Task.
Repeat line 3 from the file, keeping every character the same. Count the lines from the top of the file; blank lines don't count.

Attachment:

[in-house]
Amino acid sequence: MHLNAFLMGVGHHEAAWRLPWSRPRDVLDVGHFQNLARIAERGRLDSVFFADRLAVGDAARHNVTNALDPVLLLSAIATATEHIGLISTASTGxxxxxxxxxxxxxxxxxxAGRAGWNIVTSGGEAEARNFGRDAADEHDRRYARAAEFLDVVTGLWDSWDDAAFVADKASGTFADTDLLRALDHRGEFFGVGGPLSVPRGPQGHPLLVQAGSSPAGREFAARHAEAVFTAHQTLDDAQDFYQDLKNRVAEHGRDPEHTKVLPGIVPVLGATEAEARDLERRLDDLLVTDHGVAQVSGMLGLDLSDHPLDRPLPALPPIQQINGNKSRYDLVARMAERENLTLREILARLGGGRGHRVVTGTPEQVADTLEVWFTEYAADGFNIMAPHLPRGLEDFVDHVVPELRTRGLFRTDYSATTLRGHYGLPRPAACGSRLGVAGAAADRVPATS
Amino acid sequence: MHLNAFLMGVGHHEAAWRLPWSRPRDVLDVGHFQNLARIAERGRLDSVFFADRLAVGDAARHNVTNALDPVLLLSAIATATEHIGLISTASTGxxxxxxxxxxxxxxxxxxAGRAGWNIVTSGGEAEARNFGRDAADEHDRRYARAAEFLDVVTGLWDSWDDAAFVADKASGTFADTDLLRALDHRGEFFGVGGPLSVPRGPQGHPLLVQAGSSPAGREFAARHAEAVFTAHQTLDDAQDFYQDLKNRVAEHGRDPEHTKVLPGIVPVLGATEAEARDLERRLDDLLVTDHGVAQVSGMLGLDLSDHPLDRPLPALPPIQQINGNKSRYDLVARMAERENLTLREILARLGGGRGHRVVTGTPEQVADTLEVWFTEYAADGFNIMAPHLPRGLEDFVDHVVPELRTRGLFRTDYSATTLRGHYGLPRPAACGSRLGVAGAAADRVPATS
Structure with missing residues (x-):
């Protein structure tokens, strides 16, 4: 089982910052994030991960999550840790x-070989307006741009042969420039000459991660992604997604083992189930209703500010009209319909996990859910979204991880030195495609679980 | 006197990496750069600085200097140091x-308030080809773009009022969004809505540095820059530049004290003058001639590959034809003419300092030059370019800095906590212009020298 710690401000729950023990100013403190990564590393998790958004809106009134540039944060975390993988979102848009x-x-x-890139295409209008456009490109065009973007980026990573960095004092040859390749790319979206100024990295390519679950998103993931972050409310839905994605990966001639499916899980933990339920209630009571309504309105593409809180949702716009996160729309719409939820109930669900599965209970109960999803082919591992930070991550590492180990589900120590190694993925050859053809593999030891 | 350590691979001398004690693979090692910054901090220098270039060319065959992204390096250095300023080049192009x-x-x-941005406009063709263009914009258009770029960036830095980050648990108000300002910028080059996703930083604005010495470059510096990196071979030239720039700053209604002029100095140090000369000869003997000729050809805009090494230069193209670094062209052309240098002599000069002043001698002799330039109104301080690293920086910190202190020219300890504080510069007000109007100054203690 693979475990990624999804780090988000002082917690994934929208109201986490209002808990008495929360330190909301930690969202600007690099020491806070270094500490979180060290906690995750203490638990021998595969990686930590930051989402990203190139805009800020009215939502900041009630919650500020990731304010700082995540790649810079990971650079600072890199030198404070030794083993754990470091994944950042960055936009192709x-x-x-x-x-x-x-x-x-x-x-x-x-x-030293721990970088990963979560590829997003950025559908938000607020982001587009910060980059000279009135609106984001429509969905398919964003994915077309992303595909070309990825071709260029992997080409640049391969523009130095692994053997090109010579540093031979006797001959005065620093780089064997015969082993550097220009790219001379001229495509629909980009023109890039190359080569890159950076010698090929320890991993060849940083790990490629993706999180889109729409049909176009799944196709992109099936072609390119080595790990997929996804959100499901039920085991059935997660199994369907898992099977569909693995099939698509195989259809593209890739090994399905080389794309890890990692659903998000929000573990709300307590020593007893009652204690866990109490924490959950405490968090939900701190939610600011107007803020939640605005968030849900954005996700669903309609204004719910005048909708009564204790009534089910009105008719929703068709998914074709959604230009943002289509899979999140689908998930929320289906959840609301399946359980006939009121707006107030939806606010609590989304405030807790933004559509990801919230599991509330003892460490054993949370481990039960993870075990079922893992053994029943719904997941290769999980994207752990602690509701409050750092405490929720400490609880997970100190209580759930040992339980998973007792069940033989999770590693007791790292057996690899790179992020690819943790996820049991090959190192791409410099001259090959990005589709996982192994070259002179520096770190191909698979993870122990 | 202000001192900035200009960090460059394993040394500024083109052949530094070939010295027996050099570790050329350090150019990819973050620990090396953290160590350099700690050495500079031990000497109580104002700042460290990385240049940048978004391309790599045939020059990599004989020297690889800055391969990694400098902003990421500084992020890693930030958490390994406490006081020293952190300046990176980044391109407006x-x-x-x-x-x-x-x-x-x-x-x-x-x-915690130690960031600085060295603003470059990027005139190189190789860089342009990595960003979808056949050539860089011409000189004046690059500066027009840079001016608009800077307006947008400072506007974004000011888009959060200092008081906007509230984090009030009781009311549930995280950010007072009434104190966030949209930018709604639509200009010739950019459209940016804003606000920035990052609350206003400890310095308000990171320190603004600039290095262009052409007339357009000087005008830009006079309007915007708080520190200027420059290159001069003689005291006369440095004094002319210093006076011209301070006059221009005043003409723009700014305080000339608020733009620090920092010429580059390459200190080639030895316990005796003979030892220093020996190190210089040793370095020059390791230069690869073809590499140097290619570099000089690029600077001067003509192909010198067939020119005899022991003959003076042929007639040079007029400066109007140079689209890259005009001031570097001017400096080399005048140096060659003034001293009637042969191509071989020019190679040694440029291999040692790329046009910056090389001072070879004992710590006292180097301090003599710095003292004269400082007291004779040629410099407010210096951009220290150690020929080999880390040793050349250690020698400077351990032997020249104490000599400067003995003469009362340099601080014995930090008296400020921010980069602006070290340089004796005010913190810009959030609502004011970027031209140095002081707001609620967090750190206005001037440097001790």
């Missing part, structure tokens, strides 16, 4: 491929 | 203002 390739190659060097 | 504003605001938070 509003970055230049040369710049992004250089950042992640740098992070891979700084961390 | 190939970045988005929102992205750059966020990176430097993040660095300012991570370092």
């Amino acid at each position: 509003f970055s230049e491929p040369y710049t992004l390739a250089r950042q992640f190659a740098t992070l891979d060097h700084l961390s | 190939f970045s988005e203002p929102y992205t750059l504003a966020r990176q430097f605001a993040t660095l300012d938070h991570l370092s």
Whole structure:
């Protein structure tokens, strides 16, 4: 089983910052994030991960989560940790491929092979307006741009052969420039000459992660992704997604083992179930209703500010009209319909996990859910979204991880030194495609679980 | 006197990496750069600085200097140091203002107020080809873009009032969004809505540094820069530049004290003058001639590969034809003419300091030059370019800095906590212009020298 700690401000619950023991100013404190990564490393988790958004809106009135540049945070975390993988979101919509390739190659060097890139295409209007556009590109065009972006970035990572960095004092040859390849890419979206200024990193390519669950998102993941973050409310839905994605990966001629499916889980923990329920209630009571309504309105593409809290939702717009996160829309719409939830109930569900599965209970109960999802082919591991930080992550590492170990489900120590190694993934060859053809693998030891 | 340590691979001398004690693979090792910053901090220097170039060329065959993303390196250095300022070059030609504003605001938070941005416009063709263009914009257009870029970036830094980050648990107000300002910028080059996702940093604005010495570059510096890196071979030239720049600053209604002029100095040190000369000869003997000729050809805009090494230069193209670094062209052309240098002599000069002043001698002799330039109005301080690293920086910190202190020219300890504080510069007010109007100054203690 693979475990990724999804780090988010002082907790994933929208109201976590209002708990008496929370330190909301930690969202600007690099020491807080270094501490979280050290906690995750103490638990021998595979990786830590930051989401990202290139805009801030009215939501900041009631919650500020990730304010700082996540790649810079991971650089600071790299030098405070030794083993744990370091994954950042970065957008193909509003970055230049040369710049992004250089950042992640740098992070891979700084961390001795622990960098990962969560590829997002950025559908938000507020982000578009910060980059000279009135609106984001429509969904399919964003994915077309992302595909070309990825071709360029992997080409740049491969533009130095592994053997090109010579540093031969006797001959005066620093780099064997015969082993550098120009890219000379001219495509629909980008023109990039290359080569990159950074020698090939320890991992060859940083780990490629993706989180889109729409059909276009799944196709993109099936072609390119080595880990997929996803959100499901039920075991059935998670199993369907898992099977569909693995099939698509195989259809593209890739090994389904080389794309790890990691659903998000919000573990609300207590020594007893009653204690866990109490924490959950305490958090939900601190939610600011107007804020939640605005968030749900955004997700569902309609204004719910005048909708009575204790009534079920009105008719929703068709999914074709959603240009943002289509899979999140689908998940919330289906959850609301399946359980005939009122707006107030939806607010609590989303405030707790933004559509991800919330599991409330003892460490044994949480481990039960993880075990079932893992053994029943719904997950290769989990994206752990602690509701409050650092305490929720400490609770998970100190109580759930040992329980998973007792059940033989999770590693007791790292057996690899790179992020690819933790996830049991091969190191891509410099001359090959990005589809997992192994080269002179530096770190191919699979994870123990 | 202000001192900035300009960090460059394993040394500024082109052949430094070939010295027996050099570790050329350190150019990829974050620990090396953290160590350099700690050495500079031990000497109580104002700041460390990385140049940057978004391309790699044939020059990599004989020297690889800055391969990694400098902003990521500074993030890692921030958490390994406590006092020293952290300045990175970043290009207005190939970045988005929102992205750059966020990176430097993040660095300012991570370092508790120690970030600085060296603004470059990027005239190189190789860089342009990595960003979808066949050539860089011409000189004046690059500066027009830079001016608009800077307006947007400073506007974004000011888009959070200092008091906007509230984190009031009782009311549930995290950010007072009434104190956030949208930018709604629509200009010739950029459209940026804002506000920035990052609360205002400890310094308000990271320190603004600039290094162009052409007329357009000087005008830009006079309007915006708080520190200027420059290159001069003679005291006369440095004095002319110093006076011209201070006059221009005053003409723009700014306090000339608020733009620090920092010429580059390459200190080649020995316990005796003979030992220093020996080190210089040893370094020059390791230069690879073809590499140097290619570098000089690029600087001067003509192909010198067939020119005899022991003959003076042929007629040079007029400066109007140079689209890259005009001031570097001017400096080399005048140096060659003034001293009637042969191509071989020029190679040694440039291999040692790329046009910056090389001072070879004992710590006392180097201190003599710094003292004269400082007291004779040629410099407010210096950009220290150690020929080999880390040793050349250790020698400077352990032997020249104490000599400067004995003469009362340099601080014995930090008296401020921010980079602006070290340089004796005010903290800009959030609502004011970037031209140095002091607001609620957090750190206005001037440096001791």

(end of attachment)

Amino acid sequence: MHLNAFLMGVGHHEAAWRLPWSRPRDVLDVGHFQNLARIAERGRLDSVFFADRLAVGDAARHNVTNALDPVLLLSAIATATEHIGLISTASTGxxxxxxxxxxxxxxxxxxAGRAGWNIVTSGGEAEARNFGRDAADEHDRRYARAAEFLDVVTGLWDSWDDAAFVADKASGTFADTDLLRALDHRGEFFGVGGPLSVPRGPQGHPLLVQAGSSPAGREFAARHAEAVFTAHQTLDDAQDFYQDLKNRVAEHGRDPEHTKVLPGIVPVLGATEAEARDLERRLDDLLVTDHGVAQVSGMLGLDLSDHPLDRPLPALPPIQQINGNKSRYDLVARMAERENLTLREILARLGGGRGHRVVTGTPEQVADTLEVWFTEYAADGFNIMAPHLPRGLEDFVDHVVPELRTRGLFRTDYSATTLRGHYGLPRPAACGSRLGVAGAAADRVPATS